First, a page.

Americans, including many Christians have voted for a lot of losers from both parties over the course of the last century. That being said, our culture did not become the dumpster fire it is today because Americans elected the wrong people. Americans, including many Christians elected the wrong people because they believed the wrong things about God, life and what really matters in life. The wrong beliefs our culture adopted created the moral vacuum that got us the political leaders we have today. We must never forget: in a democracy politics always follow the moral choices of the people doing the voting. 

It denies the warnings of Scripture-  

Scripture teaches that as a general principal, humans tend to reap what they sow (Job 4:8, Proverbs 22:8, Hosea 8:7, Hosea 10:12, 2nd Corinthians 9:6, Galatians 6:7). It is very rare that bad leadership erupts from out of nowhere. This is even more true in a society where people get to elect their leaders. It is simply a pattern throughout Scripture that societies tend to get the leaders they deserve due to the choices of their citizens.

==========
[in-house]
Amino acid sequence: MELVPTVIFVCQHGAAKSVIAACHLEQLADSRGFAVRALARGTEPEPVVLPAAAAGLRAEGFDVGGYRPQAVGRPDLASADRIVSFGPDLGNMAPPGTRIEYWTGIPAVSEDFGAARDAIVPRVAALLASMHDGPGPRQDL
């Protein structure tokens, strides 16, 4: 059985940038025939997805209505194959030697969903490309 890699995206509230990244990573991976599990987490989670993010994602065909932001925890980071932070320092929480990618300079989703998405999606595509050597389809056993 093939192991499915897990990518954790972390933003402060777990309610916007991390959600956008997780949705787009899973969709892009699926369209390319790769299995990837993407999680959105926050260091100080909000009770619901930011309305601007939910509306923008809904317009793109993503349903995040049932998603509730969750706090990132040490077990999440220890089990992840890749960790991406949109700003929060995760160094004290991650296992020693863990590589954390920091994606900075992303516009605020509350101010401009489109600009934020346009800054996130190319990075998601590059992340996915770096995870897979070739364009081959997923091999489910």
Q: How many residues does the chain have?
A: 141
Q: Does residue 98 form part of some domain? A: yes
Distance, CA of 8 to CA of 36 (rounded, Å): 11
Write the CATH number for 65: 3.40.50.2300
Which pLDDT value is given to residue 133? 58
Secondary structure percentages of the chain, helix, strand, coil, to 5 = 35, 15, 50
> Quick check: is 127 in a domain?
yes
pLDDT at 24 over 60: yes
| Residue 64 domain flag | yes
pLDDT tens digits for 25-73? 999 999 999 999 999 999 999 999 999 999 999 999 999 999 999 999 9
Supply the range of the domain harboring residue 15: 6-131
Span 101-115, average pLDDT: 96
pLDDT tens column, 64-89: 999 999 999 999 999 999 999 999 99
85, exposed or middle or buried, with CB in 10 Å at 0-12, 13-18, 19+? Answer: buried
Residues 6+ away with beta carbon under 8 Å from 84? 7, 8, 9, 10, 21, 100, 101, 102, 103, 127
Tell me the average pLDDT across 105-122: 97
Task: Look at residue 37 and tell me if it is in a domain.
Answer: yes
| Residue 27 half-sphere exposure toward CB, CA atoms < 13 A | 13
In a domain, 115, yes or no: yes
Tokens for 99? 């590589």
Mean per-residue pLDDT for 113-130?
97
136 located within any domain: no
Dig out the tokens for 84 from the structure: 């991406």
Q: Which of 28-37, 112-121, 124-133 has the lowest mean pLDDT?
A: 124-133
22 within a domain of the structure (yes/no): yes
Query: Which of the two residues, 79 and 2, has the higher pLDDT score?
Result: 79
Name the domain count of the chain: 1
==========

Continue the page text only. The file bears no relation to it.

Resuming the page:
It is a form of idolatry- 

Anytime we humans look to another flawed human to do things that only God can do it becomes a dangerous form of idolatry. This particular form of idolatry almost always leads to people being ruled over by a tyrant (1st Samuel 8:10-18).   

It keeps us from seeking the only things that can make a difference-  

Christians are commanded by Jesus to be a preserving, protecting and illuminating presence in whatever society they live in (Matthew 5;13-16).  This means modeling for the culture what healthy living looks like in every sphere of life. Anytime Christians seek human leadership as their primary source of help and hope they stop seeking the things that have the power to bring about transformation in a culture.  The cultural moment we find ourselves in demands Christians model repentance and dependence on God in our culture in hopes of ushering revival into the greater culture. Without heart-felt repentance on a massive scale culture as we know it is done for at least for a season.